Your child may have only just reached her first birthday, but she may already be trying to do everyday tasks on her own. Some young toddlers like to try to lift a regular cup to their mouth and drink like an adult. Of course, if there is liquid in that cup, the result is likely to be messy. Although this may be messy and a bit frustrating for you, this is the first sign of your child’s burgeoning independence.
Trying to drink from her own cup is the first of many things to come that your child will probably want to do all own her own. Toddlers are notorious for going through a stage where they want to try to do everything adults do–drinking from cups, using utensils, even pouring milk. This is a great sign that your child is curious and engaged with the world around her.
It can be a trying time for you as a parent, however. The key is to try to encourage her skill development, but in safe ways. You could try putting a couple of sips of water in a cup for her to try drinking on her own. Maybe you could allow her to pour a small amount of milk over a sink or bowl so the mess is limited. She will most likely become frustrated at this new task and you can use that as an opportunity to encourage and offer a little help.
Sure, teething’s nothing new–both you and your baby endured plenty during that first year. But toddler teething pain can be just as tough or even tougher on your little one, thanks to the big molars that are about to poke through those tender gums.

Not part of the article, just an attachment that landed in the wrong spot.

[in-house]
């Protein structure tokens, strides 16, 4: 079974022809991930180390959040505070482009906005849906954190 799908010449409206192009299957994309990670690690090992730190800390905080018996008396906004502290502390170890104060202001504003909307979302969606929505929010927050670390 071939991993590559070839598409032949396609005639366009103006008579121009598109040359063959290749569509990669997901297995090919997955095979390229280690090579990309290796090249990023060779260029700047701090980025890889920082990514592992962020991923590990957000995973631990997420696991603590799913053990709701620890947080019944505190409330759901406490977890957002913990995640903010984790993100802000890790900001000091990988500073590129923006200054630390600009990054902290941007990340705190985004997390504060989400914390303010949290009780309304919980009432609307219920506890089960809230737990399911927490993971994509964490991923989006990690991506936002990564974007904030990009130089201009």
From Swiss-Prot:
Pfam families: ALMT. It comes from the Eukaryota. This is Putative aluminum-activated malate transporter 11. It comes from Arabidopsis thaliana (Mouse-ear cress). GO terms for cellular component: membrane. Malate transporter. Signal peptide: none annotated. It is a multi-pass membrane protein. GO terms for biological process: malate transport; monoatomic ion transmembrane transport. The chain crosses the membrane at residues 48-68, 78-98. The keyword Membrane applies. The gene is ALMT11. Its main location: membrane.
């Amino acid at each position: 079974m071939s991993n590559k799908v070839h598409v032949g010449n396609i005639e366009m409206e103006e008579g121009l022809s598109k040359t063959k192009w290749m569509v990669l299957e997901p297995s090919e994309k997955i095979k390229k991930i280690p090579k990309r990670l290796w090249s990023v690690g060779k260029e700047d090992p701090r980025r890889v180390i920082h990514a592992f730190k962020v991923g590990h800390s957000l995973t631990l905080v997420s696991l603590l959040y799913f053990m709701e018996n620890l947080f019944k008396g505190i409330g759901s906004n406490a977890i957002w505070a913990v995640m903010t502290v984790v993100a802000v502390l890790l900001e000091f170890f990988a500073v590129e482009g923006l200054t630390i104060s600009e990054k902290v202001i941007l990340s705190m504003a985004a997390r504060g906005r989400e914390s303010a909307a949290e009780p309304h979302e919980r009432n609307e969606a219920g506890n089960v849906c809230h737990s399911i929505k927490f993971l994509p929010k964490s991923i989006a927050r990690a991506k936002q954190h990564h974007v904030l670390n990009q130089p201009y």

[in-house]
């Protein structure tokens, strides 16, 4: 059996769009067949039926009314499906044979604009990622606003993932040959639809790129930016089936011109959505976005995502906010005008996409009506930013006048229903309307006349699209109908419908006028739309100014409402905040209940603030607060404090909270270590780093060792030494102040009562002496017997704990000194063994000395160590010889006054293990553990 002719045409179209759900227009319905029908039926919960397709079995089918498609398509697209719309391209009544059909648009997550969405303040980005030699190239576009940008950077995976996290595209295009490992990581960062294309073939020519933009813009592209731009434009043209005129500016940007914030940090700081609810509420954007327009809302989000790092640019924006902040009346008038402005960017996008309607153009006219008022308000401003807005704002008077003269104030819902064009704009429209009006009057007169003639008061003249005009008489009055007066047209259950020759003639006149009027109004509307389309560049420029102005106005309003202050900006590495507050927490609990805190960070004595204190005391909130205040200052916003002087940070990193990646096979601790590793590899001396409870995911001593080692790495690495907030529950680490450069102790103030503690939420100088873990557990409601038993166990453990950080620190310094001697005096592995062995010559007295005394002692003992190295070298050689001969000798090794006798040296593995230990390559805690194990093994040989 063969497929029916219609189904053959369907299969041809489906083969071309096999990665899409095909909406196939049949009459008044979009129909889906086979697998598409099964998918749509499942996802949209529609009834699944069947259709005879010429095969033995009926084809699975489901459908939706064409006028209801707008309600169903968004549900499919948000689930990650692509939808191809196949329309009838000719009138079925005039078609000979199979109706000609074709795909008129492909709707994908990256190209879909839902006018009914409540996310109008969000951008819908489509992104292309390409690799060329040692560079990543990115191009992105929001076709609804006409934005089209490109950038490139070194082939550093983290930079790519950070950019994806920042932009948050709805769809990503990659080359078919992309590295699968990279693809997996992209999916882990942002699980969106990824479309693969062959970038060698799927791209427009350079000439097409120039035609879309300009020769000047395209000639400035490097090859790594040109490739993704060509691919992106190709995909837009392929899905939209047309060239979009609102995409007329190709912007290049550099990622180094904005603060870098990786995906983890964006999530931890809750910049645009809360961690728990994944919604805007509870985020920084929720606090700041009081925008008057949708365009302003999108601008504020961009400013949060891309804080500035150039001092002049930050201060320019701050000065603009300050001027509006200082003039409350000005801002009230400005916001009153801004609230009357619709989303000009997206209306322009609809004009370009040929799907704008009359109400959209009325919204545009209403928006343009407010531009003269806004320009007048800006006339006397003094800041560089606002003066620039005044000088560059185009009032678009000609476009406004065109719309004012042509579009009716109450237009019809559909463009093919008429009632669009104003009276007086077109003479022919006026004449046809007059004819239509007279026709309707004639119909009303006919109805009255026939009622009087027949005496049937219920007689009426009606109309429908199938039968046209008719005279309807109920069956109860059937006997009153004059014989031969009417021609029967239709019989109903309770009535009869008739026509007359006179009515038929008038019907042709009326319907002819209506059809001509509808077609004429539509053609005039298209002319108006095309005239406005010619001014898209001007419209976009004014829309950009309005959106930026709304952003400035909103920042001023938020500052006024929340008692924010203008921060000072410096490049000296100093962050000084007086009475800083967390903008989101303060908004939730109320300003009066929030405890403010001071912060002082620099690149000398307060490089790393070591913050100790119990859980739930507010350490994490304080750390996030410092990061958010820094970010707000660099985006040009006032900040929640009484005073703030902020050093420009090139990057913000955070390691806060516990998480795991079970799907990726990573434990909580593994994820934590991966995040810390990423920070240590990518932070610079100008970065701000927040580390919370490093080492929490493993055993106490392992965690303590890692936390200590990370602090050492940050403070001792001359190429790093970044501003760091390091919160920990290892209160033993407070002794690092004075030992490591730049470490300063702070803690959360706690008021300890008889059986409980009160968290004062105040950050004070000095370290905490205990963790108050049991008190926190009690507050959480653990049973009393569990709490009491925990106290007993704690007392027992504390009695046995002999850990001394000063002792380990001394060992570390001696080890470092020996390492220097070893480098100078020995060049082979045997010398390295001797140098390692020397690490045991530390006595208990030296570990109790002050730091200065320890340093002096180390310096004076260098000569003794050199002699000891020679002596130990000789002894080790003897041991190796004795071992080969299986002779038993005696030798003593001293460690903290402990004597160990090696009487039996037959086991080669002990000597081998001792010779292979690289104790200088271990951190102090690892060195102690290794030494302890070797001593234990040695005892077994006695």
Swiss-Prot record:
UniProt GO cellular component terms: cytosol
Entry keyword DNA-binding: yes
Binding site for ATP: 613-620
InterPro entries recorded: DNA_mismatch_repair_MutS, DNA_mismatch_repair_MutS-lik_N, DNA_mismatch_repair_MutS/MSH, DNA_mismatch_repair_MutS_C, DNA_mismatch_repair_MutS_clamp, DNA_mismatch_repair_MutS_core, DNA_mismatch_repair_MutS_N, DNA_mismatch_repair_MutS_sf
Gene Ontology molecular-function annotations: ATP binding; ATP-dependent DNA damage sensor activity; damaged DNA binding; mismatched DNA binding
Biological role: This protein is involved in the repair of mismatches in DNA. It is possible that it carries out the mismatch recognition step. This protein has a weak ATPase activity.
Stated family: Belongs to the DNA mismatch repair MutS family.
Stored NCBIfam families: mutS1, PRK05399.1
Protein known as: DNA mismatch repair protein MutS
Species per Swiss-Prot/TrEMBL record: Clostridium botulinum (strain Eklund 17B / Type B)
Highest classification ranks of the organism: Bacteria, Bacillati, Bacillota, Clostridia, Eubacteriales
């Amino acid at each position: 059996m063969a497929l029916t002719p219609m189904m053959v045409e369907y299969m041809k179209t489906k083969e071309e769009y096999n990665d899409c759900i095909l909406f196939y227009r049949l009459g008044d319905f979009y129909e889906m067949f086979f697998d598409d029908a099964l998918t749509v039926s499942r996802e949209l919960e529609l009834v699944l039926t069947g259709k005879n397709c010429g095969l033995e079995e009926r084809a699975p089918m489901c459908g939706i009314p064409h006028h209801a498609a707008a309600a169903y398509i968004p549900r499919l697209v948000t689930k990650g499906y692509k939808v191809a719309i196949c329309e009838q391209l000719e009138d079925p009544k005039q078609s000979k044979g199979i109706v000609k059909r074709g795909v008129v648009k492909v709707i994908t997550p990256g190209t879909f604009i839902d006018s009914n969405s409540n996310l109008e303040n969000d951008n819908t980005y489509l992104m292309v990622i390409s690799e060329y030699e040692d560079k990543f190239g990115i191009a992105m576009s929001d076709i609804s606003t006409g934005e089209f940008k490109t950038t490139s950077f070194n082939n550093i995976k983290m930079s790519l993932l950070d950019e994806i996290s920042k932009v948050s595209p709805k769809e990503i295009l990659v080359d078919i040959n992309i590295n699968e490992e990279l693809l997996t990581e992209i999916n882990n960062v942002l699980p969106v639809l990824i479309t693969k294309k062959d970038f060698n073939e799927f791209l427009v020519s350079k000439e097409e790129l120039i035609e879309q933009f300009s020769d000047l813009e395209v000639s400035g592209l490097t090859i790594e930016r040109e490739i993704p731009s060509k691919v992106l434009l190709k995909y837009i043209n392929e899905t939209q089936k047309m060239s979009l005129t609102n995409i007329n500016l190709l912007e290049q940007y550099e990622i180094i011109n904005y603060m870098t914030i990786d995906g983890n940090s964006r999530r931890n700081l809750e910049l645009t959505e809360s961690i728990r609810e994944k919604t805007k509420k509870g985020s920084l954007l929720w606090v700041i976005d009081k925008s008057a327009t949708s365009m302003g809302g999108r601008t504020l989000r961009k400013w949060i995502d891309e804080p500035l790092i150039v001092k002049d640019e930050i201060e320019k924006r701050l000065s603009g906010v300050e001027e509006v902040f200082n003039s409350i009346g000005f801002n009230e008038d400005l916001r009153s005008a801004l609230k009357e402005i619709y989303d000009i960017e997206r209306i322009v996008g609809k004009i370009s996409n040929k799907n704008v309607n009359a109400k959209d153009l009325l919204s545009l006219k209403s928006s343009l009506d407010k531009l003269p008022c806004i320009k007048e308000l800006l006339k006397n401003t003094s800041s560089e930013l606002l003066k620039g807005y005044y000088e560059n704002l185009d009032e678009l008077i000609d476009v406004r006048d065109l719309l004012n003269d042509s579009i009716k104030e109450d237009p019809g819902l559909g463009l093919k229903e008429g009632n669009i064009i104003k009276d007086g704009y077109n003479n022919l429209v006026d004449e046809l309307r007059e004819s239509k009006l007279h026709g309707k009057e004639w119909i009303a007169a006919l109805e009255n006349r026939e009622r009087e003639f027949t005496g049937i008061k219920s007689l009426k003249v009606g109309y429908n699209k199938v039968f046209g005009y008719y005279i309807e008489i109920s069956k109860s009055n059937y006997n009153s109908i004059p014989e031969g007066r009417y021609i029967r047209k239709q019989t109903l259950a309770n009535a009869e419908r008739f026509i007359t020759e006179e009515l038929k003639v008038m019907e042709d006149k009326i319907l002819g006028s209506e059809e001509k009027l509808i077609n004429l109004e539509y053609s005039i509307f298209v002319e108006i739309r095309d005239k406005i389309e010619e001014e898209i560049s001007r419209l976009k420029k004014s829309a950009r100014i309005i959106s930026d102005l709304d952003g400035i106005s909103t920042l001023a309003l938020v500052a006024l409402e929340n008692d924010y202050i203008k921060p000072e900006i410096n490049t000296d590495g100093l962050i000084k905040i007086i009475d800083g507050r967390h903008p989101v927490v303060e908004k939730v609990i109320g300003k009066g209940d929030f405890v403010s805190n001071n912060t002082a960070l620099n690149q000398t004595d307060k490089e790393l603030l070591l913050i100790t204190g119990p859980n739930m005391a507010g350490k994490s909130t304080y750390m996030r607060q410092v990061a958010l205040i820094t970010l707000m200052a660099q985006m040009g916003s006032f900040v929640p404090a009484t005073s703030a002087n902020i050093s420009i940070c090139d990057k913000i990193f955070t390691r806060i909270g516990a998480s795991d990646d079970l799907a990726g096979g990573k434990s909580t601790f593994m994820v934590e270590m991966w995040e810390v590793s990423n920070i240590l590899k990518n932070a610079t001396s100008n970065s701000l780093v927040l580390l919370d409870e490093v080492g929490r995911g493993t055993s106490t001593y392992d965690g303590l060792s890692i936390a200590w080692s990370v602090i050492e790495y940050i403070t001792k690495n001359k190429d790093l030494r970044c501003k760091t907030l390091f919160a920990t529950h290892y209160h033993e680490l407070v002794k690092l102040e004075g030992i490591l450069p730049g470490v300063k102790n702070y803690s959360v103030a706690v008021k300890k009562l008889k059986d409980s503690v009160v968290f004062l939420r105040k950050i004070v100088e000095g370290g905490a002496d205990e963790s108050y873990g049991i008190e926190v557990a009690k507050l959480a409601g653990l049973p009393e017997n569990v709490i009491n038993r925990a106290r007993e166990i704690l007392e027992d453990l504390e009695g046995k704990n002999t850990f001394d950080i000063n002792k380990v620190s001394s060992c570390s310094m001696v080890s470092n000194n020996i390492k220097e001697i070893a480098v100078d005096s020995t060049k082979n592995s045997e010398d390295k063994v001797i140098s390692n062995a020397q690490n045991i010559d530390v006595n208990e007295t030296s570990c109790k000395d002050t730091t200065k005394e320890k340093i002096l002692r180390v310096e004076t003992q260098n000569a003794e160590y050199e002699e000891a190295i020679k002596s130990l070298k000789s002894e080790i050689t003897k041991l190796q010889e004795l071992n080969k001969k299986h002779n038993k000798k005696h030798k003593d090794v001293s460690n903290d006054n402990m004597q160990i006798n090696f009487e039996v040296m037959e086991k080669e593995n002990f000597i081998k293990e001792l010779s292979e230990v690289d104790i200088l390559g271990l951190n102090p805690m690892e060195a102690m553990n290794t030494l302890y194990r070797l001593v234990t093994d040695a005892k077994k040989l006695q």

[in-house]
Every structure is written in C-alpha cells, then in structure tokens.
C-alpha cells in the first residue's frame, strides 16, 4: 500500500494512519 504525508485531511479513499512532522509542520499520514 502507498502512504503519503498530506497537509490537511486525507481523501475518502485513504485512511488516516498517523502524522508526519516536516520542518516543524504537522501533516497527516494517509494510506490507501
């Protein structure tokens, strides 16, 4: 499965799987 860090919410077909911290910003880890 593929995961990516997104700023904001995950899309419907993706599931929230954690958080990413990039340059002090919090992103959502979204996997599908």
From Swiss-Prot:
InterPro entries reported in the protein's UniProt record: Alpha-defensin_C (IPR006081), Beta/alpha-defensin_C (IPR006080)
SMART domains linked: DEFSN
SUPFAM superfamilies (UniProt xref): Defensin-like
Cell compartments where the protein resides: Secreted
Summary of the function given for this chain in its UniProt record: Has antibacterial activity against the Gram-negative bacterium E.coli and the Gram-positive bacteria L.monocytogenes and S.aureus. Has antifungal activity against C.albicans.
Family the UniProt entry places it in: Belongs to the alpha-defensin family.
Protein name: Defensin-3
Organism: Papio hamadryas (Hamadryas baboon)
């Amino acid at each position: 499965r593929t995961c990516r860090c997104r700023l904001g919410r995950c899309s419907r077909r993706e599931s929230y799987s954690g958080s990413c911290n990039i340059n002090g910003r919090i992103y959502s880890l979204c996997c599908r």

Sure, teething’s nothing new – both you and your baby endured plenty during that first year. But toddler teething pain can be just as tough or even tougher on your little one, thanks to the big molars that are about to poke through those tender gums. Ouch for both of you.
Your baby is drooling, her chin is irritated and sensitive. Yep, molars are coming through.
Keep a super soft cloth handy to pat her chin. Aquaphor ointment will help any sign of irritating rash. Break out those rubber teething rings and toys again, especially ones that can be chilled. Try giving her some cold water, or rubbing her gums with your clean finger.
It’s not a good idea to give her those old standbys such as ‘chilled carrots’ (she can bite off a chunk and choke). Teething biscuits are messy, but can help soothe. If during the molar eruption, a little blood comes, it’s totally normal. Your toddler can now have acetaminophen or ibuprofen for pain.
Stay calm and smile because you will have a break until the second round in 12 more months. Avoid homeopathic remedies as they are not FDA approved and can be harmful if swallowed. Consult with your child’s pediatrician to discuss remedies you both feel comfortable with.